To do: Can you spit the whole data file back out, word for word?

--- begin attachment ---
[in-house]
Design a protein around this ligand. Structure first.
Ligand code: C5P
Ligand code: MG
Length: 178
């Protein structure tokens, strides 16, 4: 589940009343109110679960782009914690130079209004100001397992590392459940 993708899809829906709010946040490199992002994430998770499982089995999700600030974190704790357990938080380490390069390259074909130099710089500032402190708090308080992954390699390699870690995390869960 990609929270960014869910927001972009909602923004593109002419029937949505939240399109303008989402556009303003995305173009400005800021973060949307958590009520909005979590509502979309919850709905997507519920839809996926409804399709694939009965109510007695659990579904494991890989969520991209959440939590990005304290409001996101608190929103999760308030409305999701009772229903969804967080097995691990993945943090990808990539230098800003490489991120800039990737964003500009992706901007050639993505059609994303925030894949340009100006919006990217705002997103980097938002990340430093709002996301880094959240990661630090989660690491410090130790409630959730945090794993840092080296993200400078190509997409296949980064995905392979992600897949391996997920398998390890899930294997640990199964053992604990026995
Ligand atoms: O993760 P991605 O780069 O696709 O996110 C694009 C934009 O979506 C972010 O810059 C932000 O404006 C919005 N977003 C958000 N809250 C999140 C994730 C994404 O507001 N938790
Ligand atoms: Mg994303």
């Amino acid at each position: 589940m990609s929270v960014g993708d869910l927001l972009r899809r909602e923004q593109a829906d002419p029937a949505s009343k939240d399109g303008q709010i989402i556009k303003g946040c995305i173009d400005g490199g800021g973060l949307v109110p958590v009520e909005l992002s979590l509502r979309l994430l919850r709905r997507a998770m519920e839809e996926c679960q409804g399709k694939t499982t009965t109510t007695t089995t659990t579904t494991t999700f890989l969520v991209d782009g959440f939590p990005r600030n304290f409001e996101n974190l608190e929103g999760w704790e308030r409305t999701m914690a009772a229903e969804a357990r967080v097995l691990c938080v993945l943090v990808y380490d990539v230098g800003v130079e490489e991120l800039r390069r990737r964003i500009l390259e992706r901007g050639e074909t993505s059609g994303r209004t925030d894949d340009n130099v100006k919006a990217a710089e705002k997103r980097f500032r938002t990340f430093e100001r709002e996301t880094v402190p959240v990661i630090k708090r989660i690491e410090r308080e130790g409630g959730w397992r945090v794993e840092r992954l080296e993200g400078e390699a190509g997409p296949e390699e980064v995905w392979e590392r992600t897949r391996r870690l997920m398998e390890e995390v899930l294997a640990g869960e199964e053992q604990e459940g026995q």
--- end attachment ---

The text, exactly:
[in-house]
Design a protein around this ligand. Structure first.
Ligand code: C5P
Ligand code: MG
Length: 178
């Protein structure tokens, strides 16, 4: 589940009343109110679960782009914690130079209004100001397992590392459940 993708899809829906709010946040490199992002994430998770499982089995999700600030974190704790357990938080380490390069390259074909130099710089500032402190708090308080992954390699390699870690995390869960 990609929270960014869910927001972009909602923004593109002419029937949505939240399109303008989402556009303003995305173009400005800021973060949307958590009520909005979590509502979309919850709905997507519920839809996926409804399709694939009965109510007695659990579904494991890989969520991209959440939590990005304290409001996101608190929103999760308030409305999701009772229903969804967080097995691990993945943090990808990539230098800003490489991120800039990737964003500009992706901007050639993505059609994303925030894949340009100006919006990217705002997103980097938002990340430093709002996301880094959240990661630090989660690491410090130790409630959730945090794993840092080296993200400078190509997409296949980064995905392979992600897949391996997920398998390890899930294997640990199964053992604990026995
Ligand atoms: O993760 P991605 O780069 O696709 O996110 C694009 C934009 O979506 C972010 O810059 C932000 O404006 C919005 N977003 C958000 N809250 C999140 C994730 C994404 O507001 N938790
Ligand atoms: Mg994303």
């Amino acid at each position: 589940m990609s929270v960014g993708d869910l927001l972009r899809r909602e923004q593109a829906d002419p029937a949505s009343k939240d399109g303008q709010i989402i556009k303003g946040c995305i173009d400005g490199g800021g973060l949307v109110p958590v009520e909005l992002s979590l509502r979309l994430l919850r709905r997507a998770m519920e839809e996926c679960q409804g399709k694939t499982t009965t109510t007695t089995t659990t579904t494991t999700f890989l969520v991209d782009g959440f939590p990005r600030n304290f409001e996101n974190l608190e929103g999760w704790e308030r409305t999701m914690a009772a229903e969804a357990r967080v097995l691990c938080v993945l943090v990808y380490d990539v230098g800003v130079e490489e991120l800039r390069r990737r964003i500009l390259e992706r901007g050639e074909t993505s059609g994303r209004t925030d894949d340009n130099v100006k919006a990217a710089e705002k997103r980097f500032r938002t990340f430093e100001r709002e996301t880094v402190p959240v990661i630090k708090r989660i690491e410090r308080e130790g409630g959730w397992r945090v794993e840092r992954l080296e993200g400078e390699a190509g997409p296949e390699e980064v995905w392979e590392r992600t897949r391996r870690l997920m398998e390890e995390v899930l294997a640990g869960e199964e053992q604990e459940g026995q």